In preferred embodiments the force supplied to the apparatus may be turned on and off by way of a tap.

In other preferred embodiments the force supplied to the resilient tube may be turned on and off by way of a manually activated valve, such as a foot switch or a hand held trigger.

In preferred embodiments the fluid supplied to the apparatus may be turned on and off by way of an electronic circuit controlling a solenoid valve.

In preferred embodiments the electronic circuit switches the solenoid valve on and off repeatedly.

In especially preferred embodiments the force is supplied to the resilient tube as a pressurised fluid. Most preferably the fluid is water.

In some preferred embodiments the pressurised fluid may be applied to the resilient tube at a range of different pressures.

In some preferred embodiments the pressurised fluid may be varied by way of a variable pressure valve.

In preferred embodiments the resilient tube reverts to substantially the same pressure as a surrounding pipe by way of the internal pressure of the apparatus feeding to the outside of the resilient tube by way of an aperture in the resilient tube and/or utility head attached thereto.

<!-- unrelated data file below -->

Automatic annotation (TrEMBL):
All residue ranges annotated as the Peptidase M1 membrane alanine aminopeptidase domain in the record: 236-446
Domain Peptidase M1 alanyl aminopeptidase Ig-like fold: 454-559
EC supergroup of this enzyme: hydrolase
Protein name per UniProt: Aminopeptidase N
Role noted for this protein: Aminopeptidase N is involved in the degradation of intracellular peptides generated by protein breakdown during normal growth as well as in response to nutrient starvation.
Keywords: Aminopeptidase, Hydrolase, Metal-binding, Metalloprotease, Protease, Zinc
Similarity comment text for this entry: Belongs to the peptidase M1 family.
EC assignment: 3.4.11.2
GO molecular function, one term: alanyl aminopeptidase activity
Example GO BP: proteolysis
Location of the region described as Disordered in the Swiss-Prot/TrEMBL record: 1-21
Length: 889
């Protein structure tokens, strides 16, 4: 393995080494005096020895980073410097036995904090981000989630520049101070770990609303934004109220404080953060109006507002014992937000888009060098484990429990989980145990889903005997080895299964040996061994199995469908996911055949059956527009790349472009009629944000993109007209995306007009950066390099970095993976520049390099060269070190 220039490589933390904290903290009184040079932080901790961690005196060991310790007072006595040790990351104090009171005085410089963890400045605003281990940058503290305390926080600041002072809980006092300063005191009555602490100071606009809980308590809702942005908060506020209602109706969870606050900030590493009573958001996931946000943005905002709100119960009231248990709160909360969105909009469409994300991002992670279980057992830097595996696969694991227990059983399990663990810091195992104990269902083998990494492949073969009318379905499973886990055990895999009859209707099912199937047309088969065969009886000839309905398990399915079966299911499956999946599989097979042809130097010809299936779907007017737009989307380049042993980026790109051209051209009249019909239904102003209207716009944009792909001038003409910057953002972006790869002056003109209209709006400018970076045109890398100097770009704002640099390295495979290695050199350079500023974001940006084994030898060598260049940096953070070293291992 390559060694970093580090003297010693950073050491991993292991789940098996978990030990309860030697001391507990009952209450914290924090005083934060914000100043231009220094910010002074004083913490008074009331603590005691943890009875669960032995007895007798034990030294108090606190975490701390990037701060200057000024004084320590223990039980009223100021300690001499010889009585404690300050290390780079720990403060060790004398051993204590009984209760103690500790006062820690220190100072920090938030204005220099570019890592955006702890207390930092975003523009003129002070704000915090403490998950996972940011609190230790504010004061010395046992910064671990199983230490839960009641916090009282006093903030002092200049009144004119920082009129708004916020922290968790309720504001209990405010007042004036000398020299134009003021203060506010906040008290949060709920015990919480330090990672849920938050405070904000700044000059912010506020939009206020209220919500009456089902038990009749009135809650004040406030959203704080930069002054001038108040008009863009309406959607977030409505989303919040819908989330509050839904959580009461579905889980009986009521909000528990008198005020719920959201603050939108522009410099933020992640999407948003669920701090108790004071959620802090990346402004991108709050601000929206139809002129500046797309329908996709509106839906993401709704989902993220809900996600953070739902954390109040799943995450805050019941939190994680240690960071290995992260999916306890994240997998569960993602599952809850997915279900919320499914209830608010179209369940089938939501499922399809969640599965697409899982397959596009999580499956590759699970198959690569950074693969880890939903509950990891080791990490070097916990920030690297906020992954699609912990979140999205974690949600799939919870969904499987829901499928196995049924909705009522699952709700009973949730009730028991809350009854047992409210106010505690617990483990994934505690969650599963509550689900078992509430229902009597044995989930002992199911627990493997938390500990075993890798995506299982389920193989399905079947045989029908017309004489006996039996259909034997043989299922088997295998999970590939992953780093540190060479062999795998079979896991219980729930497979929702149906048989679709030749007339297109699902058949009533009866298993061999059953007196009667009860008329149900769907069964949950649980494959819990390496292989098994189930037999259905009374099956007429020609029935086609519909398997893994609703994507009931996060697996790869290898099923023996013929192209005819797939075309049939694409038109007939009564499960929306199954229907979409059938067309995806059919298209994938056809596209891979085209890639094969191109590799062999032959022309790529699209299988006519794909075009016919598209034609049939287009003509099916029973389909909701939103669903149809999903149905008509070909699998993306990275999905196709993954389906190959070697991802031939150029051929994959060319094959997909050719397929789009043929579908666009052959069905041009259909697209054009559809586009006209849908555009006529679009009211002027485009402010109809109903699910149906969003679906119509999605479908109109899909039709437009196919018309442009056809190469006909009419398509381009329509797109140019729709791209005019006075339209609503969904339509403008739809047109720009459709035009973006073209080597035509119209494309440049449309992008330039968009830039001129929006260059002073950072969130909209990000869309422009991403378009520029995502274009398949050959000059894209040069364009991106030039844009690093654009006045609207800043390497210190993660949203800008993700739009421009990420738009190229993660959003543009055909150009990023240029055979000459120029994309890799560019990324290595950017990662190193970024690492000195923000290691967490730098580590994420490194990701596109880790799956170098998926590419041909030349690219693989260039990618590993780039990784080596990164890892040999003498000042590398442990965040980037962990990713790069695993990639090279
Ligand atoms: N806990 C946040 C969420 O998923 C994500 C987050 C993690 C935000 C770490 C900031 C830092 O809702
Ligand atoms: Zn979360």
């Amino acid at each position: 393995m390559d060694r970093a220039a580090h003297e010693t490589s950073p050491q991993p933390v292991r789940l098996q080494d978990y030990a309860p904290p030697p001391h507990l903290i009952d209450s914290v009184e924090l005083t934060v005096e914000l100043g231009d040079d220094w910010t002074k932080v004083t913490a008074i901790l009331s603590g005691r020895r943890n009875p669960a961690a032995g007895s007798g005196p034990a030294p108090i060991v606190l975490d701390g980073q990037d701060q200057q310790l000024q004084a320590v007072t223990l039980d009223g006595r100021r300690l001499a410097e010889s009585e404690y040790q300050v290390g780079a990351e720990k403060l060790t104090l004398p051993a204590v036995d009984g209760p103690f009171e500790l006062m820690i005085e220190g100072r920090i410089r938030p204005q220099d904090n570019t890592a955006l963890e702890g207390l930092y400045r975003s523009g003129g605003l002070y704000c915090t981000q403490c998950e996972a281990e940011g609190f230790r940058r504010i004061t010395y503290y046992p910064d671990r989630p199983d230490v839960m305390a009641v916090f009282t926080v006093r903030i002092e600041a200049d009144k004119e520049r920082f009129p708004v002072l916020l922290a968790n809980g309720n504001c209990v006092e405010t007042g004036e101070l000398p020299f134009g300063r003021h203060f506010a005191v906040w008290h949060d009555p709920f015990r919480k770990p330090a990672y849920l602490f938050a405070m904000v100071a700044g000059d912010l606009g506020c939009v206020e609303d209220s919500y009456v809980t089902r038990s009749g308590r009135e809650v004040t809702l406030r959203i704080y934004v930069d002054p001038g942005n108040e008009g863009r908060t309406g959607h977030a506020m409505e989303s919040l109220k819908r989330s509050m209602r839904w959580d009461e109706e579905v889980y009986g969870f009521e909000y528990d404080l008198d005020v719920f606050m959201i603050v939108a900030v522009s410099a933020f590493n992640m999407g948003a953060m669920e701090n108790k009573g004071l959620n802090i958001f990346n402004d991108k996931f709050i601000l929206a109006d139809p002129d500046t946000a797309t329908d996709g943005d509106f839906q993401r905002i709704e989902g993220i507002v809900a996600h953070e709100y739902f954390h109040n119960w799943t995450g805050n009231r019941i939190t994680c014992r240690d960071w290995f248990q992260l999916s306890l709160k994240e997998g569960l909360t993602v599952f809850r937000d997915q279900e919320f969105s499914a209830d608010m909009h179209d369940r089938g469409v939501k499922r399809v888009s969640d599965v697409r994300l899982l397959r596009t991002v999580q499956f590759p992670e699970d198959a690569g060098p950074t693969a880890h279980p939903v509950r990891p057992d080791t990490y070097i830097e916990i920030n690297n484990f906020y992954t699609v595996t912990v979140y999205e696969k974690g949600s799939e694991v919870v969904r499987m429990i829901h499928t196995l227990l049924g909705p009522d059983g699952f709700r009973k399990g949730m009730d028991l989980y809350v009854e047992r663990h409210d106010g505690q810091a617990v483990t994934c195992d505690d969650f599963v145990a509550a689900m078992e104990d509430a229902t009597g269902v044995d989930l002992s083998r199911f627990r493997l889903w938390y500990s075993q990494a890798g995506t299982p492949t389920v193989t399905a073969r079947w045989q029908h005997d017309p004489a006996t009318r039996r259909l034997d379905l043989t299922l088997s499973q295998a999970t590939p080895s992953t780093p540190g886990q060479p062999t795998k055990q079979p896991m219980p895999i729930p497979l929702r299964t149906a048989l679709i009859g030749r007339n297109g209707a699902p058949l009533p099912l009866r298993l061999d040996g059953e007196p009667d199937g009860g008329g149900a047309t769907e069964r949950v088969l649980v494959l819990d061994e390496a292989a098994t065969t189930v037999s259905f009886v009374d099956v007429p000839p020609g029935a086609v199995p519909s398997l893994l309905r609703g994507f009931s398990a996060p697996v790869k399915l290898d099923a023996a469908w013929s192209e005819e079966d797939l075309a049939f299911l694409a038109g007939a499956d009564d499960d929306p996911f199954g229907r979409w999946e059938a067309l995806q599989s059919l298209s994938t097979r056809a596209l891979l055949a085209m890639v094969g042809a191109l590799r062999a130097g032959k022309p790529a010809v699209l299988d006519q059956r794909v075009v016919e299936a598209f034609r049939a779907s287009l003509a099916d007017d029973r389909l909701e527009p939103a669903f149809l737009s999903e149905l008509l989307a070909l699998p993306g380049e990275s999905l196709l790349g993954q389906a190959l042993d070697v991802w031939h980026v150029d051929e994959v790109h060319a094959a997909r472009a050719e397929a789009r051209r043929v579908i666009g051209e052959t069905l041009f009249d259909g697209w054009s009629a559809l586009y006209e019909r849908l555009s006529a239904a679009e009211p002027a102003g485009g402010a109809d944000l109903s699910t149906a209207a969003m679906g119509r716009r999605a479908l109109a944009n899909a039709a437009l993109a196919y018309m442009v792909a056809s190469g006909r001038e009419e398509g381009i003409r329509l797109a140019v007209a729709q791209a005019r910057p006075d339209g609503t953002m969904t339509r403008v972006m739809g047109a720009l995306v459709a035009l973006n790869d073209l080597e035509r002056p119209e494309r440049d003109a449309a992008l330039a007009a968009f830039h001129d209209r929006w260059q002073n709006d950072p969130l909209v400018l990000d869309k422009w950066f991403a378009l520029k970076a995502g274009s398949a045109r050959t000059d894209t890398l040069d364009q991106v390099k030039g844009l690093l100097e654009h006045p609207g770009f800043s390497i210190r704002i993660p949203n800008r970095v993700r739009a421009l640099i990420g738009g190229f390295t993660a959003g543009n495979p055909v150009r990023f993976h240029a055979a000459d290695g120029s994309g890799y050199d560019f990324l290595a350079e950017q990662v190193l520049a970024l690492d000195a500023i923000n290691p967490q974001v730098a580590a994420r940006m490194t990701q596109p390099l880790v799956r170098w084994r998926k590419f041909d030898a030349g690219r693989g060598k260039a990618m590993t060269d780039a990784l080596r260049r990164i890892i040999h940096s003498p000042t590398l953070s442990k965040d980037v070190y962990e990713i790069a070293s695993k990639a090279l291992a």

In preferred embodiments the aperture is located in the utility head.

In preferred embodiments the aperture in the utility head acts as a water jet when the pressurised fluid supply is turned on.

According to a further aspect of the present invention there is provided a conveyance device which includes: a handle portion having a trigger; an outlet port; an inlet port

wherein the handle is configured to support a fixed length of hose and/or a length of resilient tube which can be fed out from the handle or can be retrieved back towards the handle; and

wherein operation of the trigger operates a valve positioned between the inlet port and the outlet port to move from an open to a closed position, or vice versa; and

wherein the outlet port is in fluid communication with the hose and/or length of resilient tube; and

wherein the inlet port is configured to be attached to a pressurised fluid supply.

In preferred embodiments the system may be used for navigating pipes.

In preferred embodiments the handle portion may be configured to allow a person's hand to simultaneously grip both the handle and a portion of the length of hose or resilient tube being fed out or retrieved.